The Miami Herald
June 10, 1999

Crackdowns, restrictions sour investors on Cuba

Herald Staff Writer

Clarence Boudreau says he knew his $6 million investment in Cuba was in trouble
when President Fidel Castro, who had backed the deal and even loaned him a
helicopter to survey a site, stood him up for dinner.

``They had all my drawings, all my engineering data, so they didn't need me
anymore,'' the Canadian businessman said. ``I tell you, if you're going to do
business in Cuba these days, the No. 1 rule is cash on the table.''

Boudreau is not alone in his vexation with Havana. More and more, foreign
investors are complaining that it has become increasingly difficult for them to work
and profit in Cuba over the past year.

Government officials are cracking down on technically illegal but long-tolerated
deals, sending tax auditors after foreigners, cutting out middlemen and muscling
their way into businesses, say U.S., Canadian and European analysts who
monitor Cuba's investment climate.

State-controlled firms are increasingly backing out on deals, delaying payments
on their debts and pressuring foreign business people to buy locally made but
low-quality products, the analysts added.

Just how many foreigners have been affected is not known because most refuse
to make their problems public, fearing retaliation by a Communist government that
controls the courts, police and their visas.

Investor complains

``People only start telling the truth about Cuba when they get screwed,'' said
Arnold Guettler, 58, a German-Canadian investor who claims Cuba stole $1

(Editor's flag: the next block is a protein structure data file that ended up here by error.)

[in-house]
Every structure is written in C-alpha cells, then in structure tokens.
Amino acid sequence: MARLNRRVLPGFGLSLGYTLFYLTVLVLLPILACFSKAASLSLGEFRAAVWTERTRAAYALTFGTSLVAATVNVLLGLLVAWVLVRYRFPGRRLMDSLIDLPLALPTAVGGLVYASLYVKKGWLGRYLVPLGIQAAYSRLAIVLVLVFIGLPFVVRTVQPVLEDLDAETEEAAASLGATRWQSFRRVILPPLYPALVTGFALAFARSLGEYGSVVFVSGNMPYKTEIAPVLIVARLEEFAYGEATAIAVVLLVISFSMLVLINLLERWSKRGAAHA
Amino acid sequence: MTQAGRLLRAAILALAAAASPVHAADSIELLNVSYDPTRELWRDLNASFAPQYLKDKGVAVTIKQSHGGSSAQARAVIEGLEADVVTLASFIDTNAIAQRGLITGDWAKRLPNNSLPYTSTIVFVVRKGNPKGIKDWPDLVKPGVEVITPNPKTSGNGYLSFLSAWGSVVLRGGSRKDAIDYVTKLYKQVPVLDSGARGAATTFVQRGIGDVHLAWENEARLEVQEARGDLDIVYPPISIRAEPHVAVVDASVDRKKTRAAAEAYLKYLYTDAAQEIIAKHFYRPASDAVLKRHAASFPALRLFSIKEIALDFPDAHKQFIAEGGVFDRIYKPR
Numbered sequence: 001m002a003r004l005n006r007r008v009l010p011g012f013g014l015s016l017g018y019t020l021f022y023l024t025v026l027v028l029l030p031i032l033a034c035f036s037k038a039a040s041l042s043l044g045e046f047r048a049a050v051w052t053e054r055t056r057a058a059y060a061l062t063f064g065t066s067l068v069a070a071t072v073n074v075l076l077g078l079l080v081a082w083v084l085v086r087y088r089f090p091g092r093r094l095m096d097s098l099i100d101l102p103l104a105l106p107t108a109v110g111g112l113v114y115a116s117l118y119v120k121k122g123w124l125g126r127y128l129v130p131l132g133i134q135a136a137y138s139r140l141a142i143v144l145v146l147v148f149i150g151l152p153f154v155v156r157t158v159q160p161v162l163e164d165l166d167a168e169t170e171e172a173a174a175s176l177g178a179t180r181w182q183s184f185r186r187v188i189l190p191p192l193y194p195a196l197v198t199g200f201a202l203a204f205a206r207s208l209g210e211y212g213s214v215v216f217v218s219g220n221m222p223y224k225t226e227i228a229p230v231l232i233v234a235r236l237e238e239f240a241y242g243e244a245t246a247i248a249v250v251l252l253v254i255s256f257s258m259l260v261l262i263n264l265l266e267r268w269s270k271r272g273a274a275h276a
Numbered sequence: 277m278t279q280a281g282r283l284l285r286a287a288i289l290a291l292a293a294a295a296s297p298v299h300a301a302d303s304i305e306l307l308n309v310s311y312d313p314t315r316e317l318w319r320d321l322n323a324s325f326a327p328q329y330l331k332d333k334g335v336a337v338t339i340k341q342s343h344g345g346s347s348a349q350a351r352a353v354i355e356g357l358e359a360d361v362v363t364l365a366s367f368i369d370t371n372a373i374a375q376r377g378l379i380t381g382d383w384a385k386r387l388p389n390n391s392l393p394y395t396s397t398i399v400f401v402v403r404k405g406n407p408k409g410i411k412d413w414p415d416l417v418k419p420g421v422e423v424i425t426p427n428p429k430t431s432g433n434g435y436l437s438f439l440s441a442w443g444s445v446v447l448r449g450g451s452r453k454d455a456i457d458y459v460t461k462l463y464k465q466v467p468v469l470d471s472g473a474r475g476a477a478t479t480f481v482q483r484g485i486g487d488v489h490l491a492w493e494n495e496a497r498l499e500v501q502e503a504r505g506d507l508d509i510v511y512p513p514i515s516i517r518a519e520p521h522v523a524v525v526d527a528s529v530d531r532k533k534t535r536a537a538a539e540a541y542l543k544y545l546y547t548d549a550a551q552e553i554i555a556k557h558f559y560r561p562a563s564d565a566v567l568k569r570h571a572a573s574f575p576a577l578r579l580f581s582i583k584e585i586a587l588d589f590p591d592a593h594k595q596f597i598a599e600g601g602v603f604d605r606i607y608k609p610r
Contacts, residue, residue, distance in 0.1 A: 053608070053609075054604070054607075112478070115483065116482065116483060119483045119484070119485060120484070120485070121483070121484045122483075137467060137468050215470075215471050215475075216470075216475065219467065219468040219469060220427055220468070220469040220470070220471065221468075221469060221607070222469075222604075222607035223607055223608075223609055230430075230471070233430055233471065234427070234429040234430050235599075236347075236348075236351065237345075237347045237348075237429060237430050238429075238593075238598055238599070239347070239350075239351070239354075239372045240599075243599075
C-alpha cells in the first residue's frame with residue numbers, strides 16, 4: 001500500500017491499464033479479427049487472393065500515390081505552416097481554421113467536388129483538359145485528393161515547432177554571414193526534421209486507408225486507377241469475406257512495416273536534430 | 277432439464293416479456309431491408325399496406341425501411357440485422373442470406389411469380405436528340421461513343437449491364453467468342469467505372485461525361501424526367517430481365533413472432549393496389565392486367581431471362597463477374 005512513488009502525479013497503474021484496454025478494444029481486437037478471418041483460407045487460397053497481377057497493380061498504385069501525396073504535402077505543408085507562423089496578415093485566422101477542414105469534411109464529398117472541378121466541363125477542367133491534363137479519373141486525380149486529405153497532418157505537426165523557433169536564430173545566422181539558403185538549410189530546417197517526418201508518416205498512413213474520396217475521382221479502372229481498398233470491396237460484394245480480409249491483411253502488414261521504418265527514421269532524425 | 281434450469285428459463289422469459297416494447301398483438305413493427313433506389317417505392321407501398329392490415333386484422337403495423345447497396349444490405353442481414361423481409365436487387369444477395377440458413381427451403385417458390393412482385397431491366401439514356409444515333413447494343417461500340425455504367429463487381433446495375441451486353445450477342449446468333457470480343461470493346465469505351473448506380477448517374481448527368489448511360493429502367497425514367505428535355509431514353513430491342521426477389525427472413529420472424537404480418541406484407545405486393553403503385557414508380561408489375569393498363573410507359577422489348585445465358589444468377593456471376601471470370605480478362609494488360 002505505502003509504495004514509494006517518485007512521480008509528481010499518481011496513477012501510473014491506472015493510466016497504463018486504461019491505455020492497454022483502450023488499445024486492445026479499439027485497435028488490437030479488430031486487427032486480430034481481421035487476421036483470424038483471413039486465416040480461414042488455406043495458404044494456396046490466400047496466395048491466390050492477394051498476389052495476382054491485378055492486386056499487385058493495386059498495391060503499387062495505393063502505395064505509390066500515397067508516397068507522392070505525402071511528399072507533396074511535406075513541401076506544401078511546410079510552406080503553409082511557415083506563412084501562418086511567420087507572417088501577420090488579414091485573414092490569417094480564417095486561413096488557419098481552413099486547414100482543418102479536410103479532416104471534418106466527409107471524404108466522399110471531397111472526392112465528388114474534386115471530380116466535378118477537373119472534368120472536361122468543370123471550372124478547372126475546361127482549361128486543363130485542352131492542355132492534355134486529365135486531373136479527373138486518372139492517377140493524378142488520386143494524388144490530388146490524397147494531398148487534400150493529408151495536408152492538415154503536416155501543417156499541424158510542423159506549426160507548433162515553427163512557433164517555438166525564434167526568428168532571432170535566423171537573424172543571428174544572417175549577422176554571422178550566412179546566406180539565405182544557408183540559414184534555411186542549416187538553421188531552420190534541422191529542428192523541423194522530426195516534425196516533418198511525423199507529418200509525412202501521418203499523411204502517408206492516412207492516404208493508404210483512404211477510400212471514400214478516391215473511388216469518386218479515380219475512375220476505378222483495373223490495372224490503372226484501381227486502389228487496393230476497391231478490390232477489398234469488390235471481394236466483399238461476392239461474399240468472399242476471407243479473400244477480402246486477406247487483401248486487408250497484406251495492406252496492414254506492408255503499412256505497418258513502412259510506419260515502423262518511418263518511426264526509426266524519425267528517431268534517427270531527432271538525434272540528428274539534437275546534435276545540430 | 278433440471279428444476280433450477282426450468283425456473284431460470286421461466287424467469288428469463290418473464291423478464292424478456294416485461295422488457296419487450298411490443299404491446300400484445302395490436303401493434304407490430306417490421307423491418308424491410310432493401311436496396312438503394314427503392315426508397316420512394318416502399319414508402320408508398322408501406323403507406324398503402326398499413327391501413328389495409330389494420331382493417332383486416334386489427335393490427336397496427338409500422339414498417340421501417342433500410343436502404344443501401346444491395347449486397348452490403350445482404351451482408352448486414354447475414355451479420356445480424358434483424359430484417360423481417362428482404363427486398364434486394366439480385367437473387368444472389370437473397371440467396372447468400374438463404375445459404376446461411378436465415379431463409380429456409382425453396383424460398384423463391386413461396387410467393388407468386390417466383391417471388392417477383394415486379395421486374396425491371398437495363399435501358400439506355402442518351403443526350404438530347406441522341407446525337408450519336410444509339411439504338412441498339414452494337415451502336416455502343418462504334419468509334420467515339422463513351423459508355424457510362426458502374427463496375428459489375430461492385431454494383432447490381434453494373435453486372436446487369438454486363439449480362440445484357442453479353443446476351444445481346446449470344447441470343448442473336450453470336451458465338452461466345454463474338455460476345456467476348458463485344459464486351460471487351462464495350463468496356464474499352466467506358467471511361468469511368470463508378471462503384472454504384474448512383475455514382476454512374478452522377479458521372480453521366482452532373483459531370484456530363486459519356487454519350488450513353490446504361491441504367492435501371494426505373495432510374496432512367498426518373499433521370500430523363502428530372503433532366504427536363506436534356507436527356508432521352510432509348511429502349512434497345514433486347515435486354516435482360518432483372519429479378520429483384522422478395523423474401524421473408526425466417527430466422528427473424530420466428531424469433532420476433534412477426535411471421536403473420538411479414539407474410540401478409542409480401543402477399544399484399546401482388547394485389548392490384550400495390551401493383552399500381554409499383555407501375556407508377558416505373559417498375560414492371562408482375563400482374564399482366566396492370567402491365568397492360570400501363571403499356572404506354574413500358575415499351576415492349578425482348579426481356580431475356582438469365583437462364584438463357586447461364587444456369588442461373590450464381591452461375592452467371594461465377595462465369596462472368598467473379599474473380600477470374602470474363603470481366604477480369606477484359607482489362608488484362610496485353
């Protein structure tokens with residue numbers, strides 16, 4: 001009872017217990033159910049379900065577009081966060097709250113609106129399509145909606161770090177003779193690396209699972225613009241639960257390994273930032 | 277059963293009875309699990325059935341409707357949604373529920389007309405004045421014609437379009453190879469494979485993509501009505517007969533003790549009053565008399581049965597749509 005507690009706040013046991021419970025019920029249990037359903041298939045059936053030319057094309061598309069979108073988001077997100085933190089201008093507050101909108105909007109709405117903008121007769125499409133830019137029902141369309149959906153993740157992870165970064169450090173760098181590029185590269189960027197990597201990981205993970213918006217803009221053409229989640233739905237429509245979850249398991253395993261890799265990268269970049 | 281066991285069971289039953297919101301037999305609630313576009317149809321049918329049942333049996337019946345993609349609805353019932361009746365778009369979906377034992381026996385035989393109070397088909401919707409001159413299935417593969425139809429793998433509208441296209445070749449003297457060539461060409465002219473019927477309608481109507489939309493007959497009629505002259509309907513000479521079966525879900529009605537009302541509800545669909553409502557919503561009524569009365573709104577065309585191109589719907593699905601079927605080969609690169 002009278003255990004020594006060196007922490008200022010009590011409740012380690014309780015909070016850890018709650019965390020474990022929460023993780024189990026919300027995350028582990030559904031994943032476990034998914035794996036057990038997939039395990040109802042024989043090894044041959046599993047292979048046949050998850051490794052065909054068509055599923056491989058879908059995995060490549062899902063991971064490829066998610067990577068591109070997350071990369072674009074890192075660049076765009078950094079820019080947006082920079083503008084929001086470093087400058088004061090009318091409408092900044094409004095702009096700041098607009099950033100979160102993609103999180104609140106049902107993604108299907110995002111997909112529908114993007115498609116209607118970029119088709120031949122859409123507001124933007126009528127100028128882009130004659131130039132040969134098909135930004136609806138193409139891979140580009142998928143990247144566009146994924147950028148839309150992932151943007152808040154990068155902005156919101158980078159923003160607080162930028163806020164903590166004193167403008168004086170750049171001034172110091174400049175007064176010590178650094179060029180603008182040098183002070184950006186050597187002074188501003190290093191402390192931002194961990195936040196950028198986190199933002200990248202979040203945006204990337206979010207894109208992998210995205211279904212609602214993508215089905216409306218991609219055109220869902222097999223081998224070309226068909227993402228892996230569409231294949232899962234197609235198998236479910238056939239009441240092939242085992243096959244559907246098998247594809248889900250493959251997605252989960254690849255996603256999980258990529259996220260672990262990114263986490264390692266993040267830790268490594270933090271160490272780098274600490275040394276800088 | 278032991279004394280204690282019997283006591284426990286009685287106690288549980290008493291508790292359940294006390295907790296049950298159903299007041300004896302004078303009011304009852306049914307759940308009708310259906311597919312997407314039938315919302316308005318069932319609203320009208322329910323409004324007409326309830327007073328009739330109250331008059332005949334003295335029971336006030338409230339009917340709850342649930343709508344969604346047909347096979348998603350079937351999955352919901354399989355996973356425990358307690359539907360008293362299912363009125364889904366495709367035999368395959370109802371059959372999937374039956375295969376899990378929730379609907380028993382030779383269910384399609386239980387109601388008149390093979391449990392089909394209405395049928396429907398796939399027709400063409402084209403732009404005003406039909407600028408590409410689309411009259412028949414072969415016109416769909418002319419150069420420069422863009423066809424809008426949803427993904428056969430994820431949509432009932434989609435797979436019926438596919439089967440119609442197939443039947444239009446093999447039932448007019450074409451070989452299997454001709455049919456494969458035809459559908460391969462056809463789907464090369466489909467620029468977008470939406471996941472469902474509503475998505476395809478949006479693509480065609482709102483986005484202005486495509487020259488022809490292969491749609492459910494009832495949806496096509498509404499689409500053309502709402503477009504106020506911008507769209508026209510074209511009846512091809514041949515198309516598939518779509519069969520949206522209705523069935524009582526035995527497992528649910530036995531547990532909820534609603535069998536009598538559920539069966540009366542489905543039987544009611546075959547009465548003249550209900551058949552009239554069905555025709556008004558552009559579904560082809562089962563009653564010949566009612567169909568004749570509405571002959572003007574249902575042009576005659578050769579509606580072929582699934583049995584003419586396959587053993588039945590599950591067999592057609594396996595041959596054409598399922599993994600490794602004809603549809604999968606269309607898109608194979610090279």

million worth of machinery he shipped to Havana.

Cuban Embassy officials in Ottawa declined to comment on the Boudreau and
Guettler cases, but Canadian Foreign Ministry spokesman Christian Girouard
said the government considered them ordinary business disagreements.

``What we have, in effect, are commercial disputes. While these two ventures
have run into difficulties, other Canadian companies have enjoyed considerable
success in Cuba,'' Girouard said.

The Western experts on Cuba blame the recent spate of problems on a Havana
campaign to tighten controls on foreign investments. The controls were only
grudgingly eased when Soviet subsidies ended in 1991 and sparked a crisis.

Some of the foreign investors who rushed in at the time were too small or
inexperienced to carry out the ambitious, even risky deals they were proposing to
Cuban officials who also lacked experience, the experts added.

``It's not like in the early years, when we paid much attention to what foreigners
wanted to do here. Now we go out to look for partners for a project we want,''